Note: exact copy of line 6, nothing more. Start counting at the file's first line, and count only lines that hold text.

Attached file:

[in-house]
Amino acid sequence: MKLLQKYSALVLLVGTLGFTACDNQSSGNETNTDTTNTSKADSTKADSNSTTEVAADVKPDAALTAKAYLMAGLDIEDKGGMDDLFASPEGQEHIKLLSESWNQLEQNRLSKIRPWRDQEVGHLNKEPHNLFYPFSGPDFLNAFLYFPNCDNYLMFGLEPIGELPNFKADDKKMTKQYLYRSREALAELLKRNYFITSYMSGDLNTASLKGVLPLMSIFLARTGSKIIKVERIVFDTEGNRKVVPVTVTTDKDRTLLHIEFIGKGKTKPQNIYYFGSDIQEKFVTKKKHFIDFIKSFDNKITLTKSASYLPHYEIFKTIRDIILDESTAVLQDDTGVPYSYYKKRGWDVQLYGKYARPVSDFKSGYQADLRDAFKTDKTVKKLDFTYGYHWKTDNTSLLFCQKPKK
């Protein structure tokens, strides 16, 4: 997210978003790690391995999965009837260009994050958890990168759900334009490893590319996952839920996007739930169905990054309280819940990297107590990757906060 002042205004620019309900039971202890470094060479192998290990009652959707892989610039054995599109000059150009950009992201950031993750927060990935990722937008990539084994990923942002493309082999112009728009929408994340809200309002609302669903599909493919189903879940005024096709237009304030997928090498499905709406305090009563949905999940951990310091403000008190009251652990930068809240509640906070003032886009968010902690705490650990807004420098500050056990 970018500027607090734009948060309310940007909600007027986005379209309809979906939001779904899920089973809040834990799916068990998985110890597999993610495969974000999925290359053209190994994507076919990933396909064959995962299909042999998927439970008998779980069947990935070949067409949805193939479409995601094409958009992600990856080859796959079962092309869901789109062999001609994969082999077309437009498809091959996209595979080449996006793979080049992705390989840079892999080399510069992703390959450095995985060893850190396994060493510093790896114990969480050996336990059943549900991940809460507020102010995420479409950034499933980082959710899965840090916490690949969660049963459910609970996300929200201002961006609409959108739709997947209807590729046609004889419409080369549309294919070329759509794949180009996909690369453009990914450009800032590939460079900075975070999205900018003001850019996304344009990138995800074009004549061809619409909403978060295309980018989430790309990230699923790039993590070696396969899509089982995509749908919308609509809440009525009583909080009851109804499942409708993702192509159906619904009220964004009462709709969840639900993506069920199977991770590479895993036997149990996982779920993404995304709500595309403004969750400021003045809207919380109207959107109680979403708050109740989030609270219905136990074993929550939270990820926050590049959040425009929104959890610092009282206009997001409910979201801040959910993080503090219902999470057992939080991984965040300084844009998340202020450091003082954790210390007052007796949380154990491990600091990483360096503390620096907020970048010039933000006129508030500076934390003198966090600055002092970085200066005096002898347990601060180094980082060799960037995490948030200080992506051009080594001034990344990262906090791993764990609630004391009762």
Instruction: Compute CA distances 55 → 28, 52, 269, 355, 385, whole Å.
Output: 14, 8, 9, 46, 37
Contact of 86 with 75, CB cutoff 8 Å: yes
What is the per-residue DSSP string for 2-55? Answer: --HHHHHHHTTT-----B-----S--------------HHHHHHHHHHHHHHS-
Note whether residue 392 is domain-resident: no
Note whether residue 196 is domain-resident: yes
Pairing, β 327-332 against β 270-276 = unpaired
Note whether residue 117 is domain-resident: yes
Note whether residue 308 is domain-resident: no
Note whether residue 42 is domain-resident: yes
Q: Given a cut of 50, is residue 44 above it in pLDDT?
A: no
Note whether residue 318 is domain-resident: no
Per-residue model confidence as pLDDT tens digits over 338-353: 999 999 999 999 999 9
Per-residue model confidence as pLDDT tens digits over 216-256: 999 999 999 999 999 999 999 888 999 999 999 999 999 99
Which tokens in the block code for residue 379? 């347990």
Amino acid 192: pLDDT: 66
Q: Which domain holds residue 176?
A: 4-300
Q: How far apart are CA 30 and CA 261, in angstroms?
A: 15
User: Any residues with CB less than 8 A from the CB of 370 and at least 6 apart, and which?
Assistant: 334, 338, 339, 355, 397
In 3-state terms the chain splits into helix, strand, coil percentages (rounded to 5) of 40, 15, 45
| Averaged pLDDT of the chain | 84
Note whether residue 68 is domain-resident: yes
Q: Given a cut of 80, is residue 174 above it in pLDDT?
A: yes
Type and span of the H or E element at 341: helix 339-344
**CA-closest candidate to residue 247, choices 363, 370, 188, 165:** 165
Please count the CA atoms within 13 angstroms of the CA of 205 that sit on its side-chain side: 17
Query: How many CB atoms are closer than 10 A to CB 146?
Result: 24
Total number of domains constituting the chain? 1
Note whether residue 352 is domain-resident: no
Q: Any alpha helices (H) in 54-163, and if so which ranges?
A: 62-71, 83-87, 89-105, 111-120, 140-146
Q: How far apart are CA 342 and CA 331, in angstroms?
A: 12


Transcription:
Contact of 86 with 75, CB cutoff 8 Å: yes